For this episode, we look at three poems by Laura Sobbott Ross. She’s taught English to students from dozens of countries, and has two poetry chapbooks: A Tiny Hunger (YellowJacket Press) and My Mississippi (Anchor & Plume Press.)
Present at the Editorial Table:
Kathleen Volk Miller
PBQ Box Score: 3=0
For this episode, we look at three poems by Laura Sobbott Ross.
Laura Sobbott Ross lives in a rural, hilly part of inland Florida where horses and hothouses of orchids abound. She loves to take pictures on long drives through the open land, and to sing to the radio with the windows wide, which conjures threats from her teenagers, but her dogs don’t seem to mind. You will find paint on her clothes at any given time. She’s taught English to students from dozens of countries, and has two poetry chapbooks: A Tiny Hunger (YellowJacket Press) and My Mississippi (Anchor & Plume Press.)
First, we’re transported to the sunny beaches of “Bora Bora,” where we find ourselves with some trouble in paradise. We follow that off trying to decipher “The Walrus in the Tea Leaves,” where we’re left with more questions than answers. And finally, we throwback to The Eagles’ “Hotel California” with “Déjà Vu.” Even though we do check in, we’re not so sure if we ever want to leave!
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Don’t forget to read on!
A shaft of blue splintered into a thousand
nuances, shed them into the sea beneath our tiki hut—
wedged on stilts into hunger clouds of shimmery fish,
oysters lipping black pearls. We married there,
on the shore between the neon chakra of sky & water,
a handful of drowsy natives shaking New Year’s Eve from
the folds of their pareos. Dancing, a tide etched in sand.
Later, petal-strung in whites already sighing into sepia,
from our balcony we sought those old stars from home.
Palm trees swaying festively in dark silhouette across
the unadorned horizon of the Pacific. Love, a sugared rim
we shared in sips, cowry shells strung and whispering
at our throats, every edge garnished in hibiscus, sunburn,
pineapple. In the shallows, the moray eel we’d spotted earlier—
prehistoric face bobbling from his pulpit of stone. Before
the ceremony, we’d tossed in our pockets of foreign coins—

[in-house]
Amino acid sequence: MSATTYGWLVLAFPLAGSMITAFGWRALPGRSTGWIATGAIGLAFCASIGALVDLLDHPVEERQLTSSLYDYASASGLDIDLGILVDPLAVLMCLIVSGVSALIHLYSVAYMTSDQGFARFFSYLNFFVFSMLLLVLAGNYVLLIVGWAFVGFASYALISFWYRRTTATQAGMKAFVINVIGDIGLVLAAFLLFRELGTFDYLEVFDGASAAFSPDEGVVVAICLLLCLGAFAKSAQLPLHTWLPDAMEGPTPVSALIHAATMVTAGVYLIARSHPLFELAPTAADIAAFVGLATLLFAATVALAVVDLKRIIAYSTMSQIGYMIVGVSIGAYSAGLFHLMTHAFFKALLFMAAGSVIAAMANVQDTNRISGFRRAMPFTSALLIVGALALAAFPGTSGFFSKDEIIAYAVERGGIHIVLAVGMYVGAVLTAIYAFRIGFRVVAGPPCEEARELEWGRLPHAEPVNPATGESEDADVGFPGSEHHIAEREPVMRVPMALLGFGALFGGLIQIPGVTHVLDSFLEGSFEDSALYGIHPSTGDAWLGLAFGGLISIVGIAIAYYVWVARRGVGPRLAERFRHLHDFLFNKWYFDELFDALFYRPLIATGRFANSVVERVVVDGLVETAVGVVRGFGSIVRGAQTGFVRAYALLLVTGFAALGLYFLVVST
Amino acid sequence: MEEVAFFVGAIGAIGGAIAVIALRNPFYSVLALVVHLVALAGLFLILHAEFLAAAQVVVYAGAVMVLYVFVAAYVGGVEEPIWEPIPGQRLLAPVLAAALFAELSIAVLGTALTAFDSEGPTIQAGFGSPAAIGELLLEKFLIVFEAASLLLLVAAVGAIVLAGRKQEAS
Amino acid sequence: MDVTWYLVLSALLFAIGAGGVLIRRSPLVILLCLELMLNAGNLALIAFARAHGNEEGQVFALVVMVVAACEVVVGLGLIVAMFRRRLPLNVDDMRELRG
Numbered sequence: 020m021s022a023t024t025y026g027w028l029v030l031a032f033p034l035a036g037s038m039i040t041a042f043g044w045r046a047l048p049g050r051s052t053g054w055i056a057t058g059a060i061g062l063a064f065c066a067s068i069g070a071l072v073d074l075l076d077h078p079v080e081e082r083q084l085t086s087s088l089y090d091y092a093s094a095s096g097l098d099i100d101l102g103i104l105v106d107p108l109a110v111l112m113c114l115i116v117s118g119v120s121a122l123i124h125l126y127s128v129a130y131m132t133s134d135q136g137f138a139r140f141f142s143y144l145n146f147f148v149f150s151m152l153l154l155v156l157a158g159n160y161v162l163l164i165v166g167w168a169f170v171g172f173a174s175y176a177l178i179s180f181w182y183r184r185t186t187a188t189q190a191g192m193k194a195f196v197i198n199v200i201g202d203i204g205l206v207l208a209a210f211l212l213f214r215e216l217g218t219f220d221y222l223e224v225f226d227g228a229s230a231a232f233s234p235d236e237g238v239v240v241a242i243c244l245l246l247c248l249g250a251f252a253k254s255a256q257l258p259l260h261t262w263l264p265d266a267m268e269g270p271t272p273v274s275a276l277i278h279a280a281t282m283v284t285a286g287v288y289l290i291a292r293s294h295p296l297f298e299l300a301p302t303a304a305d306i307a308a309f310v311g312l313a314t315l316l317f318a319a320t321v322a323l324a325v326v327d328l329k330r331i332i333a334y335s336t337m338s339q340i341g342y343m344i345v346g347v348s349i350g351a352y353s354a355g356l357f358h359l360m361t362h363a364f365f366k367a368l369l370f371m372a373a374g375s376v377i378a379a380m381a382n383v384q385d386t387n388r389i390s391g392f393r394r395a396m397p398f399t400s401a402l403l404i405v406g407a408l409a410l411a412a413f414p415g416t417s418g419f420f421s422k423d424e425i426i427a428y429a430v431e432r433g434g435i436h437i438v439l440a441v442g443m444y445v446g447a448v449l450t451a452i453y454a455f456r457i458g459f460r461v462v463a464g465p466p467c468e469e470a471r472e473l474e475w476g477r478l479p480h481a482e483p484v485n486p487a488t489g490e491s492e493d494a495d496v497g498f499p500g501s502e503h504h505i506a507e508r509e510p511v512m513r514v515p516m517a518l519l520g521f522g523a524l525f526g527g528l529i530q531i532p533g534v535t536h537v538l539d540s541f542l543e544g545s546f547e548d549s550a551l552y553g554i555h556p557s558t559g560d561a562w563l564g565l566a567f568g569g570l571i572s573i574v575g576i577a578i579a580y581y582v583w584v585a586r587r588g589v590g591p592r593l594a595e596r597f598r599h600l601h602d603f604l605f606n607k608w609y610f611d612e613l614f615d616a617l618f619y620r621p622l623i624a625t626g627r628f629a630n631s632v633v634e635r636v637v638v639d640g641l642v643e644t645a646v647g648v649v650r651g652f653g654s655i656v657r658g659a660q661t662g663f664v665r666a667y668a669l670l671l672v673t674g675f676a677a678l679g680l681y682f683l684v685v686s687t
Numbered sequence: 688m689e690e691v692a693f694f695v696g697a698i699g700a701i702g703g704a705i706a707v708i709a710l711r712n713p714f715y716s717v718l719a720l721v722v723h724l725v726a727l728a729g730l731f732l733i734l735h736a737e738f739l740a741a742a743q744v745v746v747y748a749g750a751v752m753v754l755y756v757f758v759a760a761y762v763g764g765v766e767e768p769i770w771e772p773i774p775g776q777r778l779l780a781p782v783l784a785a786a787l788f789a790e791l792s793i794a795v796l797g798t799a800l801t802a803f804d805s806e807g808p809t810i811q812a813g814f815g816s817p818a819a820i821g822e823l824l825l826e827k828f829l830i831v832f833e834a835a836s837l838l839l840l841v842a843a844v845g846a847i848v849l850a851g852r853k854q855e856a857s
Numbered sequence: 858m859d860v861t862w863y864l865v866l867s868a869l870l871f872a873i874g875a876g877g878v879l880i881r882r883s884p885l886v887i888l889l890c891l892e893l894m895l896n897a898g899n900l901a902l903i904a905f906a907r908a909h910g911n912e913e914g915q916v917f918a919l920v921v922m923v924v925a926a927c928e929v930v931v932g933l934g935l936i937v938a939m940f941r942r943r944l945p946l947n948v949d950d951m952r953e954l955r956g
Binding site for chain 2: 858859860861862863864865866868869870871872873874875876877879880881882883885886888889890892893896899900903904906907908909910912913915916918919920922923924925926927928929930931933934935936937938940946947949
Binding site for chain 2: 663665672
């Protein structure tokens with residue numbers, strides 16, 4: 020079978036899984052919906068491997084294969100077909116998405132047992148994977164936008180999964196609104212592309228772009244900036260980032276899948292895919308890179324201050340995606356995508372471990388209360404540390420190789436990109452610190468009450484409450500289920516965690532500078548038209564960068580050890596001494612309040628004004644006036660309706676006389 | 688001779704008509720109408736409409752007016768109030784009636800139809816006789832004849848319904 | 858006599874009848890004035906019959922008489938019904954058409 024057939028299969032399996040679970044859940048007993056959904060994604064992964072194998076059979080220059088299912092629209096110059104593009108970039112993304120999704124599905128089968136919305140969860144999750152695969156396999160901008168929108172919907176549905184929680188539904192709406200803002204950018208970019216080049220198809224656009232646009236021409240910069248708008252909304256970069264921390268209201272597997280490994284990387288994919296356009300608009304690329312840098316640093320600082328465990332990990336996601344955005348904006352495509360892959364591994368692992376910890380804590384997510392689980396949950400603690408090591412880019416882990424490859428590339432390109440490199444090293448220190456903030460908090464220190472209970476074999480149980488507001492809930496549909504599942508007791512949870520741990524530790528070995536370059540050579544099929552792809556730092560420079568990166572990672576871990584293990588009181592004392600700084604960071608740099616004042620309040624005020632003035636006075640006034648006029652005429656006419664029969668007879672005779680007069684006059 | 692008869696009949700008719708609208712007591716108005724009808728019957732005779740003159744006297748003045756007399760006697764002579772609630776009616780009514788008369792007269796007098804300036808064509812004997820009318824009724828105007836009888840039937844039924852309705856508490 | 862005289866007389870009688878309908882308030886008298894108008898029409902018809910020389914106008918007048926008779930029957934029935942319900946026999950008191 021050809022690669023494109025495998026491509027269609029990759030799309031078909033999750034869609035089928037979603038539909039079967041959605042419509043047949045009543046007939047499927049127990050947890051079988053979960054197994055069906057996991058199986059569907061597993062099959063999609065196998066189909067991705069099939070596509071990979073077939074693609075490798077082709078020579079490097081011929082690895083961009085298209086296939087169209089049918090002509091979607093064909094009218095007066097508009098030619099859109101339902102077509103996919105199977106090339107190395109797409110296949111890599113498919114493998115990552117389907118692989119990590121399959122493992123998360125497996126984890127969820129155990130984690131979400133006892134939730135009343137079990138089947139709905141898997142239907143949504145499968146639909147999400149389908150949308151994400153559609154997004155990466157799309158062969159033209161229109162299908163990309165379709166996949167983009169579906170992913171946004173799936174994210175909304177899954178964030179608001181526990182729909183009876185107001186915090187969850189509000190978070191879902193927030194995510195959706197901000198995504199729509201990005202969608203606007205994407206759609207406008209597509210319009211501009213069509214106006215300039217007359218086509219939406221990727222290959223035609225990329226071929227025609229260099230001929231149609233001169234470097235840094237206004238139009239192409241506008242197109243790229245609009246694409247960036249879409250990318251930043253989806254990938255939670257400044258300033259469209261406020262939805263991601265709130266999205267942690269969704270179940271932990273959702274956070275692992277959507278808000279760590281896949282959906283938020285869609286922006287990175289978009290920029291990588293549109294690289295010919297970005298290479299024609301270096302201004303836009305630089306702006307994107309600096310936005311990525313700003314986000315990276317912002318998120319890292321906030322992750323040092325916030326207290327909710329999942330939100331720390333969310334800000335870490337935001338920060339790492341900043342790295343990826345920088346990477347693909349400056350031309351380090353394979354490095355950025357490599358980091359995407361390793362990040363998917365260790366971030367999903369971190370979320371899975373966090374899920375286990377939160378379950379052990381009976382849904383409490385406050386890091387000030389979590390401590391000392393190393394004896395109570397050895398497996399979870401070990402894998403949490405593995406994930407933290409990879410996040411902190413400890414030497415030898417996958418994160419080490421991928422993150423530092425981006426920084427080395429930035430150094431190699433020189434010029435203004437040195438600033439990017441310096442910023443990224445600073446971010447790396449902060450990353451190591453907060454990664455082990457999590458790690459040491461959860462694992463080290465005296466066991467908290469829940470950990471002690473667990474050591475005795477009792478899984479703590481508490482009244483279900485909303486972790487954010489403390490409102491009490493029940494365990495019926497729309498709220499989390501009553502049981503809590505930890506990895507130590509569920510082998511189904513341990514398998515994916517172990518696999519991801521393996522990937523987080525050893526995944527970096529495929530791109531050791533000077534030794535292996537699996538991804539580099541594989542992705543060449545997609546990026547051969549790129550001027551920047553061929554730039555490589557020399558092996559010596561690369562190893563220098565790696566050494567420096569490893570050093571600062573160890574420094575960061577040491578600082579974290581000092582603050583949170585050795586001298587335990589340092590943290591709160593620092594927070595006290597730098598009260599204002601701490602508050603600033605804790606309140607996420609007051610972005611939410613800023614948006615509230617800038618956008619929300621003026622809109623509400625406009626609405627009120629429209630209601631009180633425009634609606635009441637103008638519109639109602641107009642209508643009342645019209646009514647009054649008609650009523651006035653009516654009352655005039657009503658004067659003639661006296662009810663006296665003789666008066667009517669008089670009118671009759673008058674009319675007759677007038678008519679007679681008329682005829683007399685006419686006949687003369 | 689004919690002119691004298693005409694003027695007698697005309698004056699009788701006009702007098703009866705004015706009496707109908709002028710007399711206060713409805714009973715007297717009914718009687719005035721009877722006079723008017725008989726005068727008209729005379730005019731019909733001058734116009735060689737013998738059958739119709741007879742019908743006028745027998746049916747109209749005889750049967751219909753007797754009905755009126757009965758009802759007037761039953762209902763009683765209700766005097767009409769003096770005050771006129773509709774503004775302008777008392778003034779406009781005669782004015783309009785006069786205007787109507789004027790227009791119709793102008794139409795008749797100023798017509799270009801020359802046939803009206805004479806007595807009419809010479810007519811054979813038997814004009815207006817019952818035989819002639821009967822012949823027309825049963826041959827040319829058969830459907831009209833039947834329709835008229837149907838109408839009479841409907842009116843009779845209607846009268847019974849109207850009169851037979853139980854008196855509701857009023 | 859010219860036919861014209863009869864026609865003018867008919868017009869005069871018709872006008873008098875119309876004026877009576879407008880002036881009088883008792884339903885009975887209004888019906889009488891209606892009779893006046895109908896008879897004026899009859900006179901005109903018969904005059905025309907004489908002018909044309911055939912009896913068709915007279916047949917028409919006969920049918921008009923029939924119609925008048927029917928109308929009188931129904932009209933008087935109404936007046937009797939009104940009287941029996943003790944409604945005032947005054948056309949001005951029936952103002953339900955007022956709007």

wishes aimed at his blind scowl. Later, moonlight uprooted
the slippery ribbon of his tail, while the current floated him,
floorboard by floorboard, across you & me; a benediction
in a sleeve of sea water, the round polyp mouths of the reef
opening in the dark like a choir.
The Walrus in the Tea Leaves
Darling, it wasn’t the news you’d expected.
And when you told me about it, I’d giggled,
conjured images of broken symmetries—
kaleidoscope and compass, magnetic poles
and mirrors gone random. I knew what
you were hoping for, how you’d tilted your
throat back and swallowed down the void.
The psychic parsing through the wrack line
for messages left in seaweedy clots of Chamomile
or Earl Gray. Speckle and flack— dark nebula
splat against a bone-colored sky. You said
she’d seemed baffled by the walrus—
awkward animal, all teeth and tail. You
told me he’d risen twice from the wet ashes
that morning, buoyant and robust in his
island cup, nosing through the diorama of dregs
like a seafloor of mollusk shells pursed shut;
his mouth, an insistent imprint on the rim.
There has to be darkness and a highway.
Beyond the shoulders of the road,
a topography, splayed and lit in street lamps.
You’re seventeen, and Hotel California
is playing on the radio. If you look close
enough, you can see the silhouette of
mountains beyond your own reflection
in the car window. To the right, an anchor
store in a strip mall. To the left,
the gas station where high school boys work—
the good looking ones who sweep the silk
of their long bangs from their eyes
with puppy-soft hands, and ask if you want
regular or unleaded. Watching them comb
your windshield clean beneath
the squeegee’s wide, forgiving blade,
you might imagine whispering: Save me,
and wonder, does anyone do that anymore?—
the windshield washing, you mean, of course,
and you know that if you slid your fingers
inside the thick baffles of their goose-down
vests, down into the warmth beneath
their soft-as-ash flannel shirts, your palms
would smell like gasoline and their father’s
Old Spice, and that in the star bristled night,
every imagined kiss was a curfew, exquisitely unfair,
and a promise you had made in a fever to return
home what you’d borrowed just the way you found it.